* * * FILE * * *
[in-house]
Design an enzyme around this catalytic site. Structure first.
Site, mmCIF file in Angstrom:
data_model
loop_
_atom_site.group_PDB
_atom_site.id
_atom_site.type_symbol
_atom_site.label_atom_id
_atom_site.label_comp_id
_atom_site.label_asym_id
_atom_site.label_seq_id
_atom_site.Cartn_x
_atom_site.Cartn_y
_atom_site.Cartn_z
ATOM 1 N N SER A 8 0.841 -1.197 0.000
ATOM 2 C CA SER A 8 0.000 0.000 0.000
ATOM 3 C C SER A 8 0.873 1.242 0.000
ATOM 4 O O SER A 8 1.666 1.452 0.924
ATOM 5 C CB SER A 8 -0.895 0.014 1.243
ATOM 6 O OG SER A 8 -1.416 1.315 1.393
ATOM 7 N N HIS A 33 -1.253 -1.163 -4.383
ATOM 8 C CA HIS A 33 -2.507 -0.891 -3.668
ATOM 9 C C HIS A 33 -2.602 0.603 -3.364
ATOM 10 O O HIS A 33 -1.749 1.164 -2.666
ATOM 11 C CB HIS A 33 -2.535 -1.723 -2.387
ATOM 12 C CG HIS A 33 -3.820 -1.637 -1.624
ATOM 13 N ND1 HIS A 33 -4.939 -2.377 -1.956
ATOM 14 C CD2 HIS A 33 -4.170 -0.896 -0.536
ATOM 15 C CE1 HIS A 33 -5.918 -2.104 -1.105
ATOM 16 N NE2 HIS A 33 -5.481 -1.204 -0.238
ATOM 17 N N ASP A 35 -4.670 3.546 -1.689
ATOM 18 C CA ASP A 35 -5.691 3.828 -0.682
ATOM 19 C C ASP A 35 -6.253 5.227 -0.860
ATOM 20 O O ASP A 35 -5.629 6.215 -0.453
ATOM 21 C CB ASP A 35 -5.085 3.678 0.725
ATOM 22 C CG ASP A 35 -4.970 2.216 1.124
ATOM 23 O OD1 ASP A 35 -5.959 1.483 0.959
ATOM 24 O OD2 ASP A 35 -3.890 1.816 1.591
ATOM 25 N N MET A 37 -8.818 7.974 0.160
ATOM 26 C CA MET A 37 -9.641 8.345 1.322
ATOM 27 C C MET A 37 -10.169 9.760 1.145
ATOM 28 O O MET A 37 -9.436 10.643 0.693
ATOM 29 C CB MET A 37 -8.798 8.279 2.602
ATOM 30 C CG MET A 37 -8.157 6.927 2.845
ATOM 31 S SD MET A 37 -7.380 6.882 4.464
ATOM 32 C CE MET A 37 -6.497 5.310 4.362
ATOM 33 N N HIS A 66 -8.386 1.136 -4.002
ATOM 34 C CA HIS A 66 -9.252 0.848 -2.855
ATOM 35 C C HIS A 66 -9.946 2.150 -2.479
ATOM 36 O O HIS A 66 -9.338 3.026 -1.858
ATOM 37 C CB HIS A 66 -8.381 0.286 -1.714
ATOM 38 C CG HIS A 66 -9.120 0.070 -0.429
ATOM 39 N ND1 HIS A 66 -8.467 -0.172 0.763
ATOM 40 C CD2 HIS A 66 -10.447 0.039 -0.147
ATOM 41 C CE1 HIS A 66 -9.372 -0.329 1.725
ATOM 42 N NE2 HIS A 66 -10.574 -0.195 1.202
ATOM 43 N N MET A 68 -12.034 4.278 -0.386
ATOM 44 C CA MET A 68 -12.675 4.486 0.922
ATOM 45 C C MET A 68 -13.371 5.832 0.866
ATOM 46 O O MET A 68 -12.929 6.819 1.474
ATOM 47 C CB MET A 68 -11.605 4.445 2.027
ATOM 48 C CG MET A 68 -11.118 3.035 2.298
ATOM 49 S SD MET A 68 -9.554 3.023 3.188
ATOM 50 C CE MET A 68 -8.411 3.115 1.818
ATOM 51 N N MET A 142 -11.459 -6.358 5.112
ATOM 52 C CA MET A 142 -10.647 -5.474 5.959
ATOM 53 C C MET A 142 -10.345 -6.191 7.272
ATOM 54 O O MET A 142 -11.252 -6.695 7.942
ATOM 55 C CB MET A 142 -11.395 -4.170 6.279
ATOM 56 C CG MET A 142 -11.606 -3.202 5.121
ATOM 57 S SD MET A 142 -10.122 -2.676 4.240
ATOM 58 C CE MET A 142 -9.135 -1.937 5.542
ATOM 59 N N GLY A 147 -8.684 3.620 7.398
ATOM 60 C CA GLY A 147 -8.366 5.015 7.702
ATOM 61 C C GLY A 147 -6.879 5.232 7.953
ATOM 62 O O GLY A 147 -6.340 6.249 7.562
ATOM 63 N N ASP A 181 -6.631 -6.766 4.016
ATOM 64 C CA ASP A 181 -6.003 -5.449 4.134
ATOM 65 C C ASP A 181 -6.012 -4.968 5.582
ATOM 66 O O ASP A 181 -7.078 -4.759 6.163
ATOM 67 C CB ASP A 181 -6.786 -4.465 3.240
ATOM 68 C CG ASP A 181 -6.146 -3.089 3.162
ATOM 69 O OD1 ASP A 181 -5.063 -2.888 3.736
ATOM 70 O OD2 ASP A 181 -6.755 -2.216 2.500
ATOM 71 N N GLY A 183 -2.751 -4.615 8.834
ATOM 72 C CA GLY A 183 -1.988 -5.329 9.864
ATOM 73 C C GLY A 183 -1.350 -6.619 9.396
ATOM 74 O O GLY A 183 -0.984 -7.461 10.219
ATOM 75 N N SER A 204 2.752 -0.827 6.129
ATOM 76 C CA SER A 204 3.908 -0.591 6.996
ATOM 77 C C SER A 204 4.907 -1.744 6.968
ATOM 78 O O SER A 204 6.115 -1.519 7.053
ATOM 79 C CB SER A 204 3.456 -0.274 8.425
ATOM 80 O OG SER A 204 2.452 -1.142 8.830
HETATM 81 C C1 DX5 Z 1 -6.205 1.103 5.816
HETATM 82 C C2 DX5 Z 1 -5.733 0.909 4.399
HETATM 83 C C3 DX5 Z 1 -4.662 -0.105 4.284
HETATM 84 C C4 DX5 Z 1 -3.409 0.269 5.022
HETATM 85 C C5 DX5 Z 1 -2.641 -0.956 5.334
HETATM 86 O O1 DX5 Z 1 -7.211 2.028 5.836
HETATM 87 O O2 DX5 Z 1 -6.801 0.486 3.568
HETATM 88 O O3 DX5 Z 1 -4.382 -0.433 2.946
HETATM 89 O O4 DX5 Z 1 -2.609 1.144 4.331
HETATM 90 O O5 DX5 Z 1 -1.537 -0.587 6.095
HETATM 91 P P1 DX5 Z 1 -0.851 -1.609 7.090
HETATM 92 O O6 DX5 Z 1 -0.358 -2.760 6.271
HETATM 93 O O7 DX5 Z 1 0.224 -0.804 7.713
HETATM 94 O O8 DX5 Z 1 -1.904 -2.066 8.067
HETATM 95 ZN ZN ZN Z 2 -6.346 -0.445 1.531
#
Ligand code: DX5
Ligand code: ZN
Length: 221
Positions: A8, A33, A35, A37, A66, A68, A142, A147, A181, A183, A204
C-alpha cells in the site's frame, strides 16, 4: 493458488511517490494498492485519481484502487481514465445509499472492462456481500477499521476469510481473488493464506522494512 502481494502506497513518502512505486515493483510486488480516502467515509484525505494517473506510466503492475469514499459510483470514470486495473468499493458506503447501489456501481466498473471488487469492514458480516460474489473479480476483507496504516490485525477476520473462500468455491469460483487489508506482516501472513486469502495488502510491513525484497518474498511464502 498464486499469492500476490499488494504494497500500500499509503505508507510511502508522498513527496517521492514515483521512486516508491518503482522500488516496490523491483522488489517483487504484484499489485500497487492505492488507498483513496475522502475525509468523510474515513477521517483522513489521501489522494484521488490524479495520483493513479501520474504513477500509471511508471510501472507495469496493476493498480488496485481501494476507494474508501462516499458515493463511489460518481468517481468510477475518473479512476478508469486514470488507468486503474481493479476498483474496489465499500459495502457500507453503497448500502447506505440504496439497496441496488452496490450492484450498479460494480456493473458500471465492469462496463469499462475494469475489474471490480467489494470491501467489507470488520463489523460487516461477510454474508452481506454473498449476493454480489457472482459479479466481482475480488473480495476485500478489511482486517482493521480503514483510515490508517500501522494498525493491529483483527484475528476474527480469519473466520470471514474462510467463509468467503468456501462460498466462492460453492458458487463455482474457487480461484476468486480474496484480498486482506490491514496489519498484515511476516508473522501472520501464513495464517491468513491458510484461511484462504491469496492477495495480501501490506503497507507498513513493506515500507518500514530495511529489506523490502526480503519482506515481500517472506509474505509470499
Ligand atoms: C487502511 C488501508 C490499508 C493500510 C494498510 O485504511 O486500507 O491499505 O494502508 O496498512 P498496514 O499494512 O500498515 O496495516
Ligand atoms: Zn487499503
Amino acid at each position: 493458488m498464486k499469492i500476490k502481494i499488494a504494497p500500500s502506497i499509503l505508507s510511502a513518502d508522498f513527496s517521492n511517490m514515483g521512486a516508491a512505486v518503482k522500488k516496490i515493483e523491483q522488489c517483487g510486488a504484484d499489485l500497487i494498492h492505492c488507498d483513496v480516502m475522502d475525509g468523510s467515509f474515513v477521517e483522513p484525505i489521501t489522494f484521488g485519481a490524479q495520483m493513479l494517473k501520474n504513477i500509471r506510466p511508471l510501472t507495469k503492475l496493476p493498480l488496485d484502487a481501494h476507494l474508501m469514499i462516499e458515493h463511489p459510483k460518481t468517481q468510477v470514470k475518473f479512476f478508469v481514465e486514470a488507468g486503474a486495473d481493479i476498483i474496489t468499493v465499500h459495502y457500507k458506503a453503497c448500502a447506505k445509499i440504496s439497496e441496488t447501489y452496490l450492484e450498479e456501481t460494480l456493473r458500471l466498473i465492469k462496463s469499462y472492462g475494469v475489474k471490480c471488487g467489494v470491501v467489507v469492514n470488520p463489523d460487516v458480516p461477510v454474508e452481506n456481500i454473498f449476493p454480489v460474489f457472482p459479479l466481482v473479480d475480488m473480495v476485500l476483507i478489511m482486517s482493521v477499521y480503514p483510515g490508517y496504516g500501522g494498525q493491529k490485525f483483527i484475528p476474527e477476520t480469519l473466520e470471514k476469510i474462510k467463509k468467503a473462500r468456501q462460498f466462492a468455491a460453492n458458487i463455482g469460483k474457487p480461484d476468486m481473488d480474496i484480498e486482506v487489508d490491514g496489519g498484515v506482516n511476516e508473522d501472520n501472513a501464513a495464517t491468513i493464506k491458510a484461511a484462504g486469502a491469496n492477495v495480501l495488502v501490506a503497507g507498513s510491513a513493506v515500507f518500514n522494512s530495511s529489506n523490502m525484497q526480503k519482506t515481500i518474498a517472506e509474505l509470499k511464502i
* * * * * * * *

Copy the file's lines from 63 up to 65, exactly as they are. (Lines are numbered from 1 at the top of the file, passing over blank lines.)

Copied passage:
ATOM 48 C CG MET A 68 -11.118 3.035 2.298
ATOM 49 S SD MET A 68 -9.554 3.023 3.188
ATOM 50 C CE MET A 68 -8.411 3.115 1.818